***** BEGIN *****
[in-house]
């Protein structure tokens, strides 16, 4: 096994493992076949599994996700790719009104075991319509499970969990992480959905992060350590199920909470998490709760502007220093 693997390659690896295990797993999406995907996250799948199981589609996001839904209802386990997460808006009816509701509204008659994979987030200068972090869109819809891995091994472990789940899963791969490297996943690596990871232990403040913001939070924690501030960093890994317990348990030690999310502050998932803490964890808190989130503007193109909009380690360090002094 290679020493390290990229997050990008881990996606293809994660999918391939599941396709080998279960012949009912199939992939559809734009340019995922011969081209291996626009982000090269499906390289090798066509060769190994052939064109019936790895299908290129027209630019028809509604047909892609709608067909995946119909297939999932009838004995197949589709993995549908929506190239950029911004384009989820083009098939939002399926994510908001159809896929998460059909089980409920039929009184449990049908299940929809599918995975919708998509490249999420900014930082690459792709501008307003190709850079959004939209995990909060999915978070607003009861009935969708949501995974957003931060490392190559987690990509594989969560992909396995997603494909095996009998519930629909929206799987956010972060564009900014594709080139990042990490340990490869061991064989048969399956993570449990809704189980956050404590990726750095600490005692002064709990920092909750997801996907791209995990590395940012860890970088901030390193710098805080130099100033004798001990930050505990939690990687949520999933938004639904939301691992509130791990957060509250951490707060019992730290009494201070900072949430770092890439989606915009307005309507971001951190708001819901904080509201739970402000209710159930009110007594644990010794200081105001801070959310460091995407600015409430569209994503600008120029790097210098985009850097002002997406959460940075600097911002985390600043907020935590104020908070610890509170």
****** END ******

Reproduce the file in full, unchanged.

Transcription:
[in-house]
């Protein structure tokens, strides 16, 4: 096994493992076949599994996700790719009104075991319509499970969990992480959905992060350590199920909470998490709760502007220093 693997390659690896295990797993999406995907996250799948199981589609996001839904209802386990997460808006009816509701509204008659994979987030200068972090869109819809891995091994472990789940899963791969490297996943690596990871232990403040913001939070924690501030960093890994317990348990030690999310502050998932803490964890808190989130503007193109909009380690360090002094 290679020493390290990229997050990008881990996606293809994660999918391939599941396709080998279960012949009912199939992939559809734009340019995922011969081209291996626009982000090269499906390289090798066509060769190994052939064109019936790895299908290129027209630019028809509604047909892609709608067909995946119909297939999932009838004995197949589709993995549908929506190239950029911004384009989820083009098939939002399926994510908001159809896929998460059909089980409920039929009184449990049908299940929809599918995975919708998509490249999420900014930082690459792709501008307003190709850079959004939209995990909060999915978070607003009861009935969708949501995974957003931060490392190559987690990509594989969560992909396995997603494909095996009998519930629909929206799987956010972060564009900014594709080139990042990490340990490869061991064989048969399956993570449990809704189980956050404590990726750095600490005692002064709990920092909750997801996907791209995990590395940012860890970088901030390193710098805080130099100033004798001990930050505990939690990687949520999933938004639904939301691992509130791990957060509250951490707060019992730290009494201070900072949430770092890439989606915009307005309507971001951190708001819901904080509201739970402000209710159930009110007594644990010794200081105001801070959310460091995407600015409430569209994503600008120029790097210098985009850097002002997406959460940075600097911002985390600043907020935590104020908070610890509170």